People are challenging the brutality of capitalism—from the uprisings in the Middle East, to the general strikes in Greece, to the 30 June strikes in Britain.
As people begin to fight, questions come up of how to organise. Many of the protest camps that mushroomed across Spain last month banned political parties and trade unions.
But in Egypt people have flooded into independent trade unions, a new workers’ party has been launched and the Revolutionary Socialists are growing.
But why should people join anything?
People whose apparently spontaneous mass protest which swept aside a dictator don’t always immediately see the need for more structured organisation.
Others have experienced years of seeing their struggle held back by trade union leaders or parties that call themselves socialist and think we are better off without any formal organisation.
The ruling class is incredibly powerful. It controls the wealth and force in society—the state and its armies, the media and education system that shape our ideas.
As soon as we decide to challenge them we need to organise. And we need to do this in different ways.
Building trade unions is vital, for all that we might want their leaders to be more radical.
But a revolutionary party is not like the Labour Party or a campaigning organisation or trade union—based on being a broad church that has members who may hold very different views.
We unite the best fighters with the most advanced ideas—our members are in the forefront of the struggle, leading the fight to smash the system.
The ruling class fights to keep us divided—it fosters oppressive ideas like racism and nationalism that make us fight one another instead of focusing our united anger at them.
Workers hold contradictory ideas in their heads at the same time. They can hate the cuts and understand that the bankers caused the financial crisis, but at the same time buy into the racist ideas pumped out every day in the press that immigrants are the problem.
A revolutionary party like the Socialist Workers Party (SWP) holds the fundamental belief that workers have the power to liberate themselves through their own struggles.
Within debates in the movement, the party also acts as the memory of the working class. The tradition of Marxist ideas developed out of the high points of class struggle is ignored, hidden or actively suppressed by our rulers and the mainstream media.
The party is able to ensure that our traditions are not lost, but instead continue to be developed by new generations.
The party puts forward the arguments that show why the struggle against the cuts is linked to the fight against Islamophobia, or why socialists should support the anti-rape “SlutWalks”, even if we disagree with their name.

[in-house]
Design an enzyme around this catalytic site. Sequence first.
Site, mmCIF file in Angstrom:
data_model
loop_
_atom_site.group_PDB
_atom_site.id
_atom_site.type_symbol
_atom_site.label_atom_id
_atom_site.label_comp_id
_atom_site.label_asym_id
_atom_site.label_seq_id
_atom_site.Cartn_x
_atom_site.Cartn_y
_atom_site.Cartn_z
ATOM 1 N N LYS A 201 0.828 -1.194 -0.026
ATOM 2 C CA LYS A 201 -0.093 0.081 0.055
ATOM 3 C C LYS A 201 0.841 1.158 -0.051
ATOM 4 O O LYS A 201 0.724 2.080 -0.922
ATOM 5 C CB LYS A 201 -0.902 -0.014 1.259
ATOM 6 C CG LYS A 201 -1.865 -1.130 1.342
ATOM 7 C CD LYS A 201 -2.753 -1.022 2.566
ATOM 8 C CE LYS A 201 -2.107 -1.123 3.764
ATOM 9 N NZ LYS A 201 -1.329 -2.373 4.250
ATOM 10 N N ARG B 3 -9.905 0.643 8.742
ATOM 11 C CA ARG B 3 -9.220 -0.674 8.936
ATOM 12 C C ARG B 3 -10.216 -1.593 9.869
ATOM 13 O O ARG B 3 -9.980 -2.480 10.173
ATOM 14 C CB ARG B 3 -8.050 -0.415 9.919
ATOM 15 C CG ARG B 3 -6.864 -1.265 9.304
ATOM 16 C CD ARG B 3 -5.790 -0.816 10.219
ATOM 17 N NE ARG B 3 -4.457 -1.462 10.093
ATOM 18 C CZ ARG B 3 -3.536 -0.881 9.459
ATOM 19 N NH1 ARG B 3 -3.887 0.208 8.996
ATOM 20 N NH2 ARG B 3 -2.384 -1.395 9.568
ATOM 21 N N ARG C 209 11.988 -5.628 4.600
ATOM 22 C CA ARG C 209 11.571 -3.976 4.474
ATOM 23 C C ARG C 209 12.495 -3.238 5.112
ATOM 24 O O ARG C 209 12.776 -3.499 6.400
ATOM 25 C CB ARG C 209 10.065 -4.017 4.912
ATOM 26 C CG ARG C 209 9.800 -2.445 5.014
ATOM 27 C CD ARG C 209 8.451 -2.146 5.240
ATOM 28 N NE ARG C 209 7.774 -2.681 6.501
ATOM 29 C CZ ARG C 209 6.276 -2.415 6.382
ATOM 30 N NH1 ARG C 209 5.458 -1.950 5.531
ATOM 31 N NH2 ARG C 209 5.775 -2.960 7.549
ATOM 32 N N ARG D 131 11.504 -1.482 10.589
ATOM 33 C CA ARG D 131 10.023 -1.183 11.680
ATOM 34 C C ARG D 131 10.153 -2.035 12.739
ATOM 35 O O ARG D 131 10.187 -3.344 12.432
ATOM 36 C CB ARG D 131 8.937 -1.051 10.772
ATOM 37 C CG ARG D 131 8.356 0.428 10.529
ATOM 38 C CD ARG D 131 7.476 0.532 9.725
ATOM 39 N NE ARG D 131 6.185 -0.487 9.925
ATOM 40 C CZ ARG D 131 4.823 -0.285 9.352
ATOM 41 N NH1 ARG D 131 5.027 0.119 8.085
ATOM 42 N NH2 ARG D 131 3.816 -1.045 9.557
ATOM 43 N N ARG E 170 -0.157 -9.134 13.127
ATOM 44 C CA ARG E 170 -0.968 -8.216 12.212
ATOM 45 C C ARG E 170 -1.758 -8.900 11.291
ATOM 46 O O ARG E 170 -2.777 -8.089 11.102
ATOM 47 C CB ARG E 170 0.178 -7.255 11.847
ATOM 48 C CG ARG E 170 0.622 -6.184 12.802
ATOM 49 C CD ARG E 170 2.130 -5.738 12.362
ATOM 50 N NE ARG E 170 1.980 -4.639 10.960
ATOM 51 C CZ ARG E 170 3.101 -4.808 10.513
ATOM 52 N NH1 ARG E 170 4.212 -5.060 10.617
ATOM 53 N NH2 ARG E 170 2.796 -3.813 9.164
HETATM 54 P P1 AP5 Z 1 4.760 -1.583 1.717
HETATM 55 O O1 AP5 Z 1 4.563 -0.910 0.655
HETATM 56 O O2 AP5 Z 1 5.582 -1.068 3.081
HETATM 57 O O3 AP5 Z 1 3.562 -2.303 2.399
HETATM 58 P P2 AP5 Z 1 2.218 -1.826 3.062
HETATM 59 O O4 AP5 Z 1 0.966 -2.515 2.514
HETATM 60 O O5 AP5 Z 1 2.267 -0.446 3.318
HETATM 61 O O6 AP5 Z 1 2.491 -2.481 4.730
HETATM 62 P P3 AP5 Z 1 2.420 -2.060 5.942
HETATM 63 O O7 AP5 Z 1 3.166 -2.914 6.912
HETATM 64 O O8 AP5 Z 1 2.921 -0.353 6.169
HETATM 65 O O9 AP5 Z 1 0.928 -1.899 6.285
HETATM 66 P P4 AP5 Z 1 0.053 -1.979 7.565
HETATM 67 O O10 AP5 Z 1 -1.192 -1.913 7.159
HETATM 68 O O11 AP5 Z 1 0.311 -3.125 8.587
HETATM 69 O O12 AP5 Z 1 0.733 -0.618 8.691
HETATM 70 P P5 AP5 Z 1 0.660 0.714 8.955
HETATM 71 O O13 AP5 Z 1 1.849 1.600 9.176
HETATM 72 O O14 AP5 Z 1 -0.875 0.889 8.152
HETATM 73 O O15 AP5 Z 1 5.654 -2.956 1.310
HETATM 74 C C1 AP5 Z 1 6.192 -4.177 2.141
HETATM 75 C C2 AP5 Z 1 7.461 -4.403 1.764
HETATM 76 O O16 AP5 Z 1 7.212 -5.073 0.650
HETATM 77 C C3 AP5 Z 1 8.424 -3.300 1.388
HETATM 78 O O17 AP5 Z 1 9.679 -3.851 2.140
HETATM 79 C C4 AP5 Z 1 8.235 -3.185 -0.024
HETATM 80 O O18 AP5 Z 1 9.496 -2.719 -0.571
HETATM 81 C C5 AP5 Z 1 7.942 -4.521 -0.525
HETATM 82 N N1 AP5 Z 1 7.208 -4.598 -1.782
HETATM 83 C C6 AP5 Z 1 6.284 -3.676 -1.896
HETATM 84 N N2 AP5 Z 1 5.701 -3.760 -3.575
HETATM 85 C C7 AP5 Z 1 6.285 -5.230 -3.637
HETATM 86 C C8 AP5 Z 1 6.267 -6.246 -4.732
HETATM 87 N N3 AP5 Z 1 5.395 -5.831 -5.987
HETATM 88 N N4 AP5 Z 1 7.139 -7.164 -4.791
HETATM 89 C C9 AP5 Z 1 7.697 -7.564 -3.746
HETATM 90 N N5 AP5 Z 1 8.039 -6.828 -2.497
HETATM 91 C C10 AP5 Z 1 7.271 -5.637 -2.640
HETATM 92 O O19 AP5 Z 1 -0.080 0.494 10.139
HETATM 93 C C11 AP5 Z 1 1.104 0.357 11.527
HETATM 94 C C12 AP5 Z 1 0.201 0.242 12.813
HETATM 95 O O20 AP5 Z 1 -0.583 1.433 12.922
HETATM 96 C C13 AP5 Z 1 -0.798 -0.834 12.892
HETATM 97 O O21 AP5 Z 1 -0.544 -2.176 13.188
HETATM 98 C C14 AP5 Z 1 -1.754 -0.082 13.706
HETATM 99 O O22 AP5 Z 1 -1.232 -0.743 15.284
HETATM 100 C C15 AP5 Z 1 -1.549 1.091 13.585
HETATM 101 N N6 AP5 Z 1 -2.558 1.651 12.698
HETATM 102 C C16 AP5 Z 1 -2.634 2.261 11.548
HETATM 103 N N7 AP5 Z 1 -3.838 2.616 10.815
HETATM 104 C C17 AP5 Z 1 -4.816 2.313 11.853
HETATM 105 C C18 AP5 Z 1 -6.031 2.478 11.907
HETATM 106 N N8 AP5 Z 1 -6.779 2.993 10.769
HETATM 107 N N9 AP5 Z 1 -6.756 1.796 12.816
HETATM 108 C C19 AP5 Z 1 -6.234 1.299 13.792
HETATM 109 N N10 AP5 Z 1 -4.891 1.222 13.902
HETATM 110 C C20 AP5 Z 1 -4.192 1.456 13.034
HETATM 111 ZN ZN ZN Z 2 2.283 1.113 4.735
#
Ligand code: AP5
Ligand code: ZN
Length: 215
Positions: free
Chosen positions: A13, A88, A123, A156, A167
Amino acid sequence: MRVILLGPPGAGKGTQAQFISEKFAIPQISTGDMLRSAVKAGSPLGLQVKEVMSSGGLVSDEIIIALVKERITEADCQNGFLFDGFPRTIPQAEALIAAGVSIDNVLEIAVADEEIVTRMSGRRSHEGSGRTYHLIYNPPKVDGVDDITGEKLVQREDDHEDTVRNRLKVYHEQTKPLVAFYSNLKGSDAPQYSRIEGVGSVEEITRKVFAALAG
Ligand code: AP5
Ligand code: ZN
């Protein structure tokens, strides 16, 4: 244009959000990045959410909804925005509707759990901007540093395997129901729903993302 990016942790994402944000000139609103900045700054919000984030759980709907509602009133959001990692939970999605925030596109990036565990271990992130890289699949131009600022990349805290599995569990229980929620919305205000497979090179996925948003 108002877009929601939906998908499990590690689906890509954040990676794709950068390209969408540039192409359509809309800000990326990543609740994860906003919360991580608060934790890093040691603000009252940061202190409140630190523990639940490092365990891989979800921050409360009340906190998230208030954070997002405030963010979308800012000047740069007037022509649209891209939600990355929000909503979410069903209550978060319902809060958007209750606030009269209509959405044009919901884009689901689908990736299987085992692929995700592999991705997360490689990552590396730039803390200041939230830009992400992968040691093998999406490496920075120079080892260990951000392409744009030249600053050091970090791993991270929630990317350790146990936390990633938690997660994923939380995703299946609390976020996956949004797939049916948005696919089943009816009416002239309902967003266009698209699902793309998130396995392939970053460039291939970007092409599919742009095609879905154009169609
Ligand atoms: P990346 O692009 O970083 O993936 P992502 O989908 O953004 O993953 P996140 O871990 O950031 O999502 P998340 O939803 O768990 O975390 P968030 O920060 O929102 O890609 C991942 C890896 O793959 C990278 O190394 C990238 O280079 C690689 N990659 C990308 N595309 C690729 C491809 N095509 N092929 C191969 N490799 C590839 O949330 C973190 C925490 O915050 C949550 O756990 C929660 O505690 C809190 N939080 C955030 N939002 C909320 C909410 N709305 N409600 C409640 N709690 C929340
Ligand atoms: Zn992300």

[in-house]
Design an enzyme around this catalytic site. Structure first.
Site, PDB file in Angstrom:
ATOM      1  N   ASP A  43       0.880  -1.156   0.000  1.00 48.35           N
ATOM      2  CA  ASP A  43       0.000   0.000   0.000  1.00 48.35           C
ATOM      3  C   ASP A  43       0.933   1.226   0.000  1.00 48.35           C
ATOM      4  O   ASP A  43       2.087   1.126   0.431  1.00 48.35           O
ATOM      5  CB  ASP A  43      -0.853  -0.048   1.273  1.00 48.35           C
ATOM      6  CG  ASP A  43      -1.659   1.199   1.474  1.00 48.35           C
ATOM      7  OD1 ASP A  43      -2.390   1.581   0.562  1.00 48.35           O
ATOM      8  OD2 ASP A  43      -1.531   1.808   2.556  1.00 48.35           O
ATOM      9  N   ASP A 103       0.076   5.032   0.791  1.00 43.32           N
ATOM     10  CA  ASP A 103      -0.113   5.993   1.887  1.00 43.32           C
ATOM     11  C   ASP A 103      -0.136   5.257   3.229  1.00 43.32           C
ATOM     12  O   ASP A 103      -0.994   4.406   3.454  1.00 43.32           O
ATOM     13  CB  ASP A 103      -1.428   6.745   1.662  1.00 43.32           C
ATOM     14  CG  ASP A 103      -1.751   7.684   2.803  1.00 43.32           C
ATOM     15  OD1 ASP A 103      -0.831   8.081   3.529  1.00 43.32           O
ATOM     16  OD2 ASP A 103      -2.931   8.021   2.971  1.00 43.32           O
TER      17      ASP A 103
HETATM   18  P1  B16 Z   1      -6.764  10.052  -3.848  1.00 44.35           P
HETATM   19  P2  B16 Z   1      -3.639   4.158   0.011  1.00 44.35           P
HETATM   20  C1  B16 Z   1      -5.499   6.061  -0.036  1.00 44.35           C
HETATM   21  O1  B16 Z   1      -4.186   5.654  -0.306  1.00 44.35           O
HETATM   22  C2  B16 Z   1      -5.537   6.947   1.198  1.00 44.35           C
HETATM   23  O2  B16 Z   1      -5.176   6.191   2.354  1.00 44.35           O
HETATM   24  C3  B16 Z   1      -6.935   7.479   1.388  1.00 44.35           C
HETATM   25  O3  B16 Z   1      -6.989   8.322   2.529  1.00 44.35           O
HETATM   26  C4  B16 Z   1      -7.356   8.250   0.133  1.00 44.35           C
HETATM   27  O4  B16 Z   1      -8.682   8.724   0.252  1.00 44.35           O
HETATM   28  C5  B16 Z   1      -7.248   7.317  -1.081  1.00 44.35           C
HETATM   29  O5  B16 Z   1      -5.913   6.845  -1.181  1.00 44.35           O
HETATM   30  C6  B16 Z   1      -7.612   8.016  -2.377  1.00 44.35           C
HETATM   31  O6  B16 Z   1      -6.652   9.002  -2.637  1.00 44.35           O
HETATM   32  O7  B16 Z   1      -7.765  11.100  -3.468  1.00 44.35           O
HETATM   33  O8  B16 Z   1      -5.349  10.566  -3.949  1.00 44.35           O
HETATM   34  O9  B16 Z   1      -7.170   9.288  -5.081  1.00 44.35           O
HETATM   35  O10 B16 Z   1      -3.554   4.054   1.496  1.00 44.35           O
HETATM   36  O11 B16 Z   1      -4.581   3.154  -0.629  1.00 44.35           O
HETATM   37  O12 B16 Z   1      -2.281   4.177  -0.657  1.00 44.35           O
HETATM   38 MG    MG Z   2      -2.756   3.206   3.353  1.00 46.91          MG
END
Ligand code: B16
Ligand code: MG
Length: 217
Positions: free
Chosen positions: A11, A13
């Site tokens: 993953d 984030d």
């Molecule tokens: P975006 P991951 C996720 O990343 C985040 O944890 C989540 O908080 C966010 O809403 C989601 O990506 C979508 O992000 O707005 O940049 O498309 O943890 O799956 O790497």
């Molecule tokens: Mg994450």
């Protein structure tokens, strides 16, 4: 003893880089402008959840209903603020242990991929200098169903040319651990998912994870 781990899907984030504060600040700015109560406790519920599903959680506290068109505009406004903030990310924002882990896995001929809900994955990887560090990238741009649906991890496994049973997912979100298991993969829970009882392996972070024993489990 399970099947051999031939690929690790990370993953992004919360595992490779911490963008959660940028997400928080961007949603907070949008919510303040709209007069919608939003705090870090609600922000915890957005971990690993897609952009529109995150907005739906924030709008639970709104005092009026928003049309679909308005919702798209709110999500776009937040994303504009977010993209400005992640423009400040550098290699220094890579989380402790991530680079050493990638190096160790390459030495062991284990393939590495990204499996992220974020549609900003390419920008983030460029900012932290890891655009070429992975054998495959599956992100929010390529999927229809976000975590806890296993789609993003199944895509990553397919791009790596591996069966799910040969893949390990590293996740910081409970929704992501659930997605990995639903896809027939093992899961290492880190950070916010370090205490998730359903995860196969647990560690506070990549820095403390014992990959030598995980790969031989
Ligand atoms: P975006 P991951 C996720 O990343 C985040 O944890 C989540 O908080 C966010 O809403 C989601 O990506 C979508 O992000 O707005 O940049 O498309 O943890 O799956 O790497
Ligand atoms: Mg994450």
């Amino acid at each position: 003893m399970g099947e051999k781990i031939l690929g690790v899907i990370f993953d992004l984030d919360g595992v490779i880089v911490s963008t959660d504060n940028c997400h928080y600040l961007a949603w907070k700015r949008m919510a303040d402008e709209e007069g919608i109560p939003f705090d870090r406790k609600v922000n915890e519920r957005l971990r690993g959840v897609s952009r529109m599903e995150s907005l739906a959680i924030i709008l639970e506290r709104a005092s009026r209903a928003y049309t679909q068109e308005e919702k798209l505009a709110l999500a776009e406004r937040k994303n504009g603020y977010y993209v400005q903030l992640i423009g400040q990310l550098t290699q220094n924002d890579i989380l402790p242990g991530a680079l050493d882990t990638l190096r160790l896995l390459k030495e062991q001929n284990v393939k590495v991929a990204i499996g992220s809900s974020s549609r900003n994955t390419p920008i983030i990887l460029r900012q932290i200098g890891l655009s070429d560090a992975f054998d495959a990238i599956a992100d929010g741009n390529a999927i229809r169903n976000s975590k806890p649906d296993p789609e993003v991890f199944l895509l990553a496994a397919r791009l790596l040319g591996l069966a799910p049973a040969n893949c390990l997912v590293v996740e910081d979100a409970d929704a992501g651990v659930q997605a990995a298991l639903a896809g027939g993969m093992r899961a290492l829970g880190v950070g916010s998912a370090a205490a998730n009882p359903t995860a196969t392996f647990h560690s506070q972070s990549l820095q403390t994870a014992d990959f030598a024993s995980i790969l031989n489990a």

And those who are organised are more likely to be able to shape and influence the direction of struggle.
That is where the revolutionary party matters. It is different to other forms of organisation.
The SWP has been central to the establishment of organisations—such as Unite Against Fascism, Stop the War, Defend Council Housing and Right to Work—that bring together people from different political traditions to fight around a simple, common goal.
Our members are active in local campaigns and anti-cuts groups, on campuses and in colleges, in trade unions and pensioners’ forums.
But precisely because we are spread across the movement, organisation is even more important.
The party enables members to come together to share their experiences. But we are a party of struggle. That is why, once we have debated and reached a decision, we can act in unity—all of us are held democratically accountable to the collective decisions.
The SWP came together repeatedly over the past year to discuss building the fight against the Tory austerity programme.
Our members in the UCU, NUT and PCS unions worked tirelessly to get the most radical coordinated action for 30 June.
We are at a unique point in history. The attack the ruling class has unleashed on us presents an enormous challenge. Our party relies on its theory and experience, but also on its members.
Having members in many workplaces allows the party to learn from discussions on the ground and improve and develop its ideas.
What every one of us does now matters. You can have socialist ideas on your own, but you can’t be an effective socialist on your own. To do that you need to organise with other people.
Join us and help link the struggles in your workplace, college or school to the revolutionary wave sweeping the world.
If we are going to change the world, we need a revolutionary party with members rooted in every struggle. That is why we need you to join us.
Join the Socialist Workers Party. l phone 020 7819 1172